Ex­hibit links two civ­i­liza­tions

China Daily (USA) - - XI’S VISIT - By MAY ZHOU in Lima, Peru mayzhou@chi­nadai­lyusa.com

The his­to­ries of Chi­nese and Latin Amer­i­can civ­i­liza­tions fol­low an un­usu­ally sim­i­lar time­line.

Chi­nese civ­i­liza­tion be­gan to flour­ish more than 5,000 years ago, while three an­cient Latin Amer­i­can civ­i­liza­tions — the Aztec, the Inca and the Maya — were prom­i­nent around the same time.

Those Latin Amer­i­can cul­tures have a strong pres­ence in Mex­ico, Chile and Peru, which are mem­bers of the Asia-Pa­cific Eco­nomic Co­op­er­a­tion.

This topic and oth­ers are cov­ered un­der The Long River of Civ­i­liza­tions: Mu­tual Learn­ing Be­tween the Civ­i­liza­tions of China and Latin Amer­ica, an ex­hibit that was in­au­gu­rated at the Na­tional Mu­seum of Arche­ol­ogy, An­thro­pol­ogy and His­tory of Peru, on Mon­day in Lima.

The ex­hi­bi­tion, which high­lights the no­table de­vel­op­ment of both China and the Latin Amer­ica re­gion from BC 8,000 to AD 1800s, was a prod­uct of three years’ work by Pro­fes­sor Wang Qi­jun of China’s Cen­tral Academy of Fine Arts, as well as by more than 20 re­searchers and ex­perts from the Latin Amer­i­can In­sti­tute of the Chi­nese Academy of So­cial Sci­ences and dif­fer­ent Latin Amer­i­can coun­tries.

It’s part of a series of pro­grams for the China-Latin Amer­ica and the Caribbean Cul­tural Ex­change Year 2016 and the APEC Eco­nomic Lead­ers’ Meet­ing.

Ac­cord­ing to Yu Ji­u­tao, pub­lisher of China Pic­to­rial and the project or­ga­nizer, Wang’s in­spi­ra­tion came from a speech given by Pres­i­dent Xi Jin­ping at UNESCO a few years ago when he said: “Civ­i­liza­tions will be more col­or­ful and rich through mu­tual ex­change and learn­ing.”

Xi’s ap­pre­ci­a­tion of the de­vel­op­ment of hu­man civ­i­liza­tion be­came an in­spi­ra­tion for Wang, who be­gan to work on his project with a team of schol­ars and ex­perts.

“So Wang and his team de­vel­oped this time chart cov­er­ing al­most 10,000 years of civ­i­liza­tion his­tory in China as well as in Latin Amer­ica,” said Yu. “For the same pe­riod, no­table de­vel­op­ment was marked for both China and Latin Amer­ica.

“It’s done in a col­umn-by-col­umn com­par­i­son for­mat that for both Chi­nese and Latin Amer­i­cans, what’s hap­pen­ing in one’s home­land and in the other land was in­stantly clear,” Yu said. “This is a very di­rect and vis­ual way to achieve what Xi said about mu­tual ex­change and learn­ing.”

The ex­hi­bi­tion takes the form of a ma­jes­tic long roll of tra­di­tional Chi­nese paint­ing. It ex­tends chrono­log­i­cally ver­ti­cally — the up­per part cor­re­spond­ing to China and the lower part to Latin Amer­ica — and shows the great his­tor­i­cal events of the two civ­i­liza­tions, as well as artis­tic ob­jects, pho­to­graphs, im­ages and in­for­ma­tion.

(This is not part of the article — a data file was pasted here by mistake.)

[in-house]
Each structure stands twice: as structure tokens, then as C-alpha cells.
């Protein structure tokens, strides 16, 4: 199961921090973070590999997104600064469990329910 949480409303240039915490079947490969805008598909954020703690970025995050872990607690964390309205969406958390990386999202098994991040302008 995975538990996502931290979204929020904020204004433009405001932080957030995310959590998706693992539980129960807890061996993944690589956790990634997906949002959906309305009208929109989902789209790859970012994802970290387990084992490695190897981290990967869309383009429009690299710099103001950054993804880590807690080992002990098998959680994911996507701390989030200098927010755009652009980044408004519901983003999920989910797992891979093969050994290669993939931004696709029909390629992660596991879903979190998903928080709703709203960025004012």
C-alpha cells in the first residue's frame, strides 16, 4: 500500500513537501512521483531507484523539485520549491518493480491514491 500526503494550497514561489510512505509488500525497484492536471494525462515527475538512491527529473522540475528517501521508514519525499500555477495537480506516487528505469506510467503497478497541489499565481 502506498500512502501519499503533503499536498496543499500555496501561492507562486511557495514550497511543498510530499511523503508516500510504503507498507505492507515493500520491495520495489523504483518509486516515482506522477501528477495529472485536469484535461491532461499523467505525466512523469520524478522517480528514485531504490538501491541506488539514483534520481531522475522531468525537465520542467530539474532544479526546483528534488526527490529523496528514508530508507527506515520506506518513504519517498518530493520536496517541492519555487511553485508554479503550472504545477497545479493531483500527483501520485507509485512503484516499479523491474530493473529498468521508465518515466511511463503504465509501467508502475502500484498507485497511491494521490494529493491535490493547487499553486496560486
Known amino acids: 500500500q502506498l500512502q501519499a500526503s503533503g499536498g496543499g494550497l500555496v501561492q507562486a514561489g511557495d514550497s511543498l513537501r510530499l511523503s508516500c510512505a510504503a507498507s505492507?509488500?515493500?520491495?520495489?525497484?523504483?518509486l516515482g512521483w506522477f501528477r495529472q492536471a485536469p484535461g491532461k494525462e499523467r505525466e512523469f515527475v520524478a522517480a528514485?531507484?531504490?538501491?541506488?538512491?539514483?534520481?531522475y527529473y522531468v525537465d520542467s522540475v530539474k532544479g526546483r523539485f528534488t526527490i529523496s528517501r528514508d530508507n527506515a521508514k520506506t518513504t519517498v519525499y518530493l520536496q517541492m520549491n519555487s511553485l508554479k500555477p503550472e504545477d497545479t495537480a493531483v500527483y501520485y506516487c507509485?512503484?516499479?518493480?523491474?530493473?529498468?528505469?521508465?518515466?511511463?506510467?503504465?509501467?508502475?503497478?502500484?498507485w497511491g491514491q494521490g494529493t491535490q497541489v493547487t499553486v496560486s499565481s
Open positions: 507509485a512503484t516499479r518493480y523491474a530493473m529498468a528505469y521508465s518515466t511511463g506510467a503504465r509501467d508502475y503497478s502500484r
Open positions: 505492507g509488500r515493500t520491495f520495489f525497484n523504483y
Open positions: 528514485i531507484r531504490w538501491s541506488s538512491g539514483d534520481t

For ex­am­ple, the Great Wall was com­pleted roughly in the 1300s, while Machu Pic­chu was com­pleted in the 1400s. Vis­ually, the top-and-bot­tom com­par­isons let view­ers in­stantly grasp what’s im­por­tant in both civ­i­liza­tions in ap­prox­i­mately the same his­tor­i­cal pe­riod, Yu said.

“The ex­hi­bi­tion shows the evo­lu­tion of both civ­i­liza­tions, which will lay a solid foun­da­tion for in­creas­ing un­der­stand­ing of his­tory and cul­ture be­tween one an­other and deep­en­ing the cul­tural ex­change. It’s a great way to achieve mu­tual learn­ing.”

In to­tal, the 50 me­ter-long roll show­cases 360 ves­tiges and cul­tural relics by na­tional cat­e­gory, 13 of which are lo­cated in Peru. Yu said much ar­chi­tec­ture, land­scapes and valu­able ob­jects of Chi­nese civ­i­liza­tion were hand draw­ings by the renowned pro­fes­sor Wang Qi of the Cen­tral Academy of Fine Arts.

“These works re­flect the charm of Chi­nese civ­i­liza­tion and, above all, over­come the lim­i­ta­tions of a pho­to­graph when de­scrib­ing the de­tails and re­pro­duce the in­te­rior struc­ture of an­cient build­ings and con­struc­tions,” Yu said.

“We are con­vinced that these beau­ti­ful draw­ings will be a new ex­pe­ri­ence for vis­i­tors.”

It’s done in a col­umn-by-col­umn com­par­i­son for­mat.” Yu Jin­tao, pub­lisher of China Pic­to­rial


Peru­vian and Chi­nese per­form­ers pose in front of an ex­hi­bi­tion board on Sun­day as they re­hearse for a per­for­mance.

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